The Best Bargain in New York – The Staten Island Ferry [Kicking Back with Jersey Joe] Apr13

Share This

The Best Bargain in New York – The Staten Island Ferry [Kicking Back with Jersey Joe]

Taking the Staten Island Ferry is like taking a little cruise, offering spectacular views of the Statue of Liberty and the New York City skyline.  I’ve seen it sailing back and forth at the mouth of the Hudson River and have discovered that the Staten Island Ferry is much more than just a floating bus.

The Staten Island Ferry shuttles commuters and tourists back and forth from New York City’s fourth borough of Staten Island; 24 hours a day, 7 days a week.  The ferries depart from Whitehall Terminal in lower Manhattan and St. George Ferry Terminal on Staten Island.  During rush hours, ferries run every 15 to 20 minutes, slowly decreasing in service to 30 minutes on evenings and weekends, with once an hour service provided late nights.

Riding the Staten Island Ferry is one of the best tickets in town as it’s FREE! But, it wasn’t always that way!

In 1817, ferry service between New York City and Staten Island began under the ownership of former New York governor Daniel D. Thompkins.  Thompkins secured the rights to operate the ferry service and to build a bridge to the island (which never happened) in exchange for his development of the village of Thompkinsville, which is still a prominent neighborhood, today.

The Staten Island Ferry offers sweeping views of the New York City skyline. Here, the upper floors of One World Trade Center's construction are obscured by fog.

When the Civil War began, some of the ships were commandeered by the US Army and never returned to passenger service.  With the opening of the Staten Island Railway in the 1850’s, the population on the island skyrocketed and the number of passengers on the ferries dramatically began to increase.

Originally, the cost to ride was the same as the subway, a nickel.  But, as the cost of subway tokens went up, the ferry toll stayed low.

The price rose to a dime in 1948 and a quarter for a round trip in 1975.  (The quarter was only collected in one direction.)  In 1990, a spin cost 50¢, before being eliminated completely in 1997.  Up until the 2001 terror attacks, cars could also be transported for $3 on the ferries lowest deck.  They have since been prohibited.  Bicycles may be brought aboard for free, but are restricted to the lower deck.

Today, the ferry is owned and operated by the City of New York.  They have the operations down a science as the ferry boasts a whopping 96% on time rate.  Newark-Liberty International airport can’t even do that at the crack of dawn!  Weather is usually the only significant factor that can delay the service.

I’ve seen the ferry on tourist brochures, I’ve seen it on TV and I’ve seen it floating away at the mouth of the Hudson River. After living in the area for a long time, I’ve decided to finally give it a ride!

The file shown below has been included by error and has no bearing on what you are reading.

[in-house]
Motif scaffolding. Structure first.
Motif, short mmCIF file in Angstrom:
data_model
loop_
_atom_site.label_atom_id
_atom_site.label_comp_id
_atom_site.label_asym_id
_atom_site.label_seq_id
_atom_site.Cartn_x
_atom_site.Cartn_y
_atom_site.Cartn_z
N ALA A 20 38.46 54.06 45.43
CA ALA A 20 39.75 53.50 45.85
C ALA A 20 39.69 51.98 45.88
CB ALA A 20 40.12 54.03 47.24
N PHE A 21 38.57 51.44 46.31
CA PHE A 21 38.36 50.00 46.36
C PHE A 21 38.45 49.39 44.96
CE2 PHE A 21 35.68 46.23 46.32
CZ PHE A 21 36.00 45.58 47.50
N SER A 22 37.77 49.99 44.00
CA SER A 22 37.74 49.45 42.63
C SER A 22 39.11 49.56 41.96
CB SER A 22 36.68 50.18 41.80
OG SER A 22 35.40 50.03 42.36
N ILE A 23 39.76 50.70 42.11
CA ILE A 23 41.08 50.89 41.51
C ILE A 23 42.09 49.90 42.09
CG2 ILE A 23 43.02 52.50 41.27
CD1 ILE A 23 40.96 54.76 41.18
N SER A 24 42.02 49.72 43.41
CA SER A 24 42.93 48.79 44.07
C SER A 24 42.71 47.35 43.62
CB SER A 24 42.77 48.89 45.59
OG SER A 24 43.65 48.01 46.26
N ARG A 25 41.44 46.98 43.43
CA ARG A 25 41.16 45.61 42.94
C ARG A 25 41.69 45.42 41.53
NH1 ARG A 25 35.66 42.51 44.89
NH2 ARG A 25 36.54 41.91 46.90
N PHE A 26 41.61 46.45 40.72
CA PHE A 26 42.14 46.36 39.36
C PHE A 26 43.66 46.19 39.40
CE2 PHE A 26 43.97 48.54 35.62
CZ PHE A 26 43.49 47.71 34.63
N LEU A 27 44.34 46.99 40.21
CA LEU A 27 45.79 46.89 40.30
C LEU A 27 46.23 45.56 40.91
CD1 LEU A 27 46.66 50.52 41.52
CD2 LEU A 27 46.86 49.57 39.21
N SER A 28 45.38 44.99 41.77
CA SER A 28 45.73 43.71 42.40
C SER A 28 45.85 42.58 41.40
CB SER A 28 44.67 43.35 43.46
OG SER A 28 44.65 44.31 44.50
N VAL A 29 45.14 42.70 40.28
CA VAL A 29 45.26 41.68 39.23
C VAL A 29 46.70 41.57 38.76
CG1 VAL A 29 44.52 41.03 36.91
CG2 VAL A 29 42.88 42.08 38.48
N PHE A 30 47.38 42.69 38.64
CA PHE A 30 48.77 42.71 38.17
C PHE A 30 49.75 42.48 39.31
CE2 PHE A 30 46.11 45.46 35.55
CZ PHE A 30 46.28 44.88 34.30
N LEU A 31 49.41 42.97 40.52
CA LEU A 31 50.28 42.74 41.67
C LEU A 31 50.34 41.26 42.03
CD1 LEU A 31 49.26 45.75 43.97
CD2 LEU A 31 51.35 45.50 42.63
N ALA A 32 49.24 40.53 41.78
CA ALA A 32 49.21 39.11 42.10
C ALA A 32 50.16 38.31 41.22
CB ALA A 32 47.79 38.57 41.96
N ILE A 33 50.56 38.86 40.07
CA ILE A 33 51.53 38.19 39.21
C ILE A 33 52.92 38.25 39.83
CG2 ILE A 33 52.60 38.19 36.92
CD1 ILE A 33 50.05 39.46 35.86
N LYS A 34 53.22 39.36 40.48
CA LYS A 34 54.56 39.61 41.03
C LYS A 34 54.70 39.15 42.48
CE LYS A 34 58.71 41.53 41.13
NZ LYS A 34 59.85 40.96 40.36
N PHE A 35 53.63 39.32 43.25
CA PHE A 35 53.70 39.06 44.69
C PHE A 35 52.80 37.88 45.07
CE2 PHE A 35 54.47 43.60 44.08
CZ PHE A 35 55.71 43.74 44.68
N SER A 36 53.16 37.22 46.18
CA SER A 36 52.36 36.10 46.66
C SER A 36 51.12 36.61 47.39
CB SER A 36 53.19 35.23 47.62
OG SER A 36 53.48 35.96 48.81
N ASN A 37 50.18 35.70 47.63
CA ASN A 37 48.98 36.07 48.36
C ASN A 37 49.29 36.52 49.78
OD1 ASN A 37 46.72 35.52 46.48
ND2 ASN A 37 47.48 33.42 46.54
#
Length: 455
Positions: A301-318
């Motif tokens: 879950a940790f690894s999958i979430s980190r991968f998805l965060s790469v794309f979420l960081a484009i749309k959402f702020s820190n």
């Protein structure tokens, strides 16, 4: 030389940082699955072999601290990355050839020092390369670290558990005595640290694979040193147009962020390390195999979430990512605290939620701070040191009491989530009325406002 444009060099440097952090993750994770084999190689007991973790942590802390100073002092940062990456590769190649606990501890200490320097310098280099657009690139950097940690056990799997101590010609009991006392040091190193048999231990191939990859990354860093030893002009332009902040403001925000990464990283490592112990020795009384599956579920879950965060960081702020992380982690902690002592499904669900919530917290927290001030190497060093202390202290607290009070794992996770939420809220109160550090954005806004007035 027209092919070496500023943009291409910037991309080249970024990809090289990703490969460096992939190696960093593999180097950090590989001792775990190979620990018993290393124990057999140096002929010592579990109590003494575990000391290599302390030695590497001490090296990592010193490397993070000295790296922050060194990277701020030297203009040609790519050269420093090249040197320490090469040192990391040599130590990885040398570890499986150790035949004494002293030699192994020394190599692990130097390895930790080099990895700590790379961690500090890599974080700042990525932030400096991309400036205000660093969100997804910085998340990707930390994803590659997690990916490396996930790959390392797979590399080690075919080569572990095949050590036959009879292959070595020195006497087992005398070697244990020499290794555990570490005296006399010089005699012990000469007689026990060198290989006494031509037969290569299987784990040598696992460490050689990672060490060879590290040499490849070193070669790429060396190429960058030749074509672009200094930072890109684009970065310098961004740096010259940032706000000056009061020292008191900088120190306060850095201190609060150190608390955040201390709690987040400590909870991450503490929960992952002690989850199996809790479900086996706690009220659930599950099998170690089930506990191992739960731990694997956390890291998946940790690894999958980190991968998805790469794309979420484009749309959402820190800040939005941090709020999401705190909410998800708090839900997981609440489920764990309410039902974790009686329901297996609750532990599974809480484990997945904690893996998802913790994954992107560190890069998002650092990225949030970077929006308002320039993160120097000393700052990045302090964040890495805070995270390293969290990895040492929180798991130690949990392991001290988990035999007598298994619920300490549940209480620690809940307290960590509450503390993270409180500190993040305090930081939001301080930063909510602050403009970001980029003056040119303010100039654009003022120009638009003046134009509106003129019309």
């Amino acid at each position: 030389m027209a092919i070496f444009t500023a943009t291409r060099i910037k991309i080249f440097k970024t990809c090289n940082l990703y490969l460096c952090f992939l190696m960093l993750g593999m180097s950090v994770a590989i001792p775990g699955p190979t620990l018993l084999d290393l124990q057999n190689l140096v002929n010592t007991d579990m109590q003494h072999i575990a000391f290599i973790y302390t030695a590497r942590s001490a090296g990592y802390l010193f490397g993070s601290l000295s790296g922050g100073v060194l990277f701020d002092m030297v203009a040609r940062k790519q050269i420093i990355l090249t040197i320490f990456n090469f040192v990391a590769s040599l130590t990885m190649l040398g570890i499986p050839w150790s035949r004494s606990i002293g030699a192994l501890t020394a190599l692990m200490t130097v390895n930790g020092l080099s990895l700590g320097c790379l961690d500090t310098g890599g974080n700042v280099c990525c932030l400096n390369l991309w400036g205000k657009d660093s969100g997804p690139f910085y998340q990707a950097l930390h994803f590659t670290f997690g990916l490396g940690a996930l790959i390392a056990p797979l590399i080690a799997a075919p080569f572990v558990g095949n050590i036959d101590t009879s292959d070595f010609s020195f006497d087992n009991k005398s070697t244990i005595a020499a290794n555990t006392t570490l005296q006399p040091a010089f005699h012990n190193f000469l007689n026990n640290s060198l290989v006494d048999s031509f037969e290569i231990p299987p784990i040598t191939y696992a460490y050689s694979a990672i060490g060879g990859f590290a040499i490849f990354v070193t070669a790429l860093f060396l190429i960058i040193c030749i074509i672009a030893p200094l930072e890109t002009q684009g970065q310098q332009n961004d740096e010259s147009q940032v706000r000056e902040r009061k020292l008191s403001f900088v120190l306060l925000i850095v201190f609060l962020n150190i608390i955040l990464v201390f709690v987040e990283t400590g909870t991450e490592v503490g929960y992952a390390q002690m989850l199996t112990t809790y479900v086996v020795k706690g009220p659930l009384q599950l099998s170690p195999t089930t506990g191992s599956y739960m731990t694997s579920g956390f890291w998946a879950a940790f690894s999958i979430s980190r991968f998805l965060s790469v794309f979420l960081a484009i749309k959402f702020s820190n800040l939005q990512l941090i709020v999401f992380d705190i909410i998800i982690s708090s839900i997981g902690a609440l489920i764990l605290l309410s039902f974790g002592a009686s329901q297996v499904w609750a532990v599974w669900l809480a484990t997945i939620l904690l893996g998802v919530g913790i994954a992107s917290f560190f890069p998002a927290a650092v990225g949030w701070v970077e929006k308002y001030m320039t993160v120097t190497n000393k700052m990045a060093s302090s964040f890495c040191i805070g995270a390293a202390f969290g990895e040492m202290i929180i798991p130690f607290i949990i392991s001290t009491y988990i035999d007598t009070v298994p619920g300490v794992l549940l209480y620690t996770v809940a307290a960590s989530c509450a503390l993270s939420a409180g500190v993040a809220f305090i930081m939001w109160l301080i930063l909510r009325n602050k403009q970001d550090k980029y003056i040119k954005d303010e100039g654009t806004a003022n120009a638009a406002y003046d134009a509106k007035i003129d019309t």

The Staten Island Ferry Whitehall Terminal in lower Manhattan, New York City.

We departed last Saturday morning under a light drizzling sky.  We exited the new Staten Island Ferry/Whitehall Terminal station of the R subway line.  That station was recently renovated to close off the lowest level, which featured a sharp curve and gap fillers for subway cars.

The subway escalator brings you within steps of the ferries front door. Immediately arriving at the street, you can’t help but notice the large neon blue Staten Island Ferry sign.

The Whitehall Terminal opened in 2005 and is partially powered by solar panels installed on the roof.

The waiting area inside of the Whitehall Terminal.

Upon entering the terminal, it very much has the feel of an airport concourse.  You walk through a set of vertical turnstiles without any gates and into the main waiting room.  If they ever start charging a toll again, these could easily be rearmed.

There is ample seating for several hundred commuters on long rows of chairs, just like at an airport gate.  Along the side are several food/coffee stands, restrooms, and an ATM.  As the ferry arrival time nears, a vast majority of commuters gather at the large set of glass doors at the far end.

A crowd gathers to board the ferry.

Once docked, you can see the disembarking passengers moving through a glass enclosed walkway and outside.  The doors then open.  You proceed down one of two long wooden gangplanks and onto the ferry.

I can’t remember the exact class of ship we were on, but ours was definitely from the 1970’s or 80’s.  We decided to try out the second deck snack bar, which we’ve heard offer some of the best bargains in New York.  Turns out – that’s correct.

I ordered a Big Az Cheeseburger, which was slowly simmering inside a glass heat lamp display machine.  It’s basically a hot vending machine cheeseburger sold for $4.75.

The cafe on board the Staten Island Ferry.

The ship’s biggest bargain – beer.  You’re not going to find a cheaper beer in New York.  Cans of Budweiser and Bud Light were selling for as low as $3.75.  While no hard liquors or wines are sold, there are also soft drinks, smoothies, nachos, pretzels, candy, coffee, and chicken.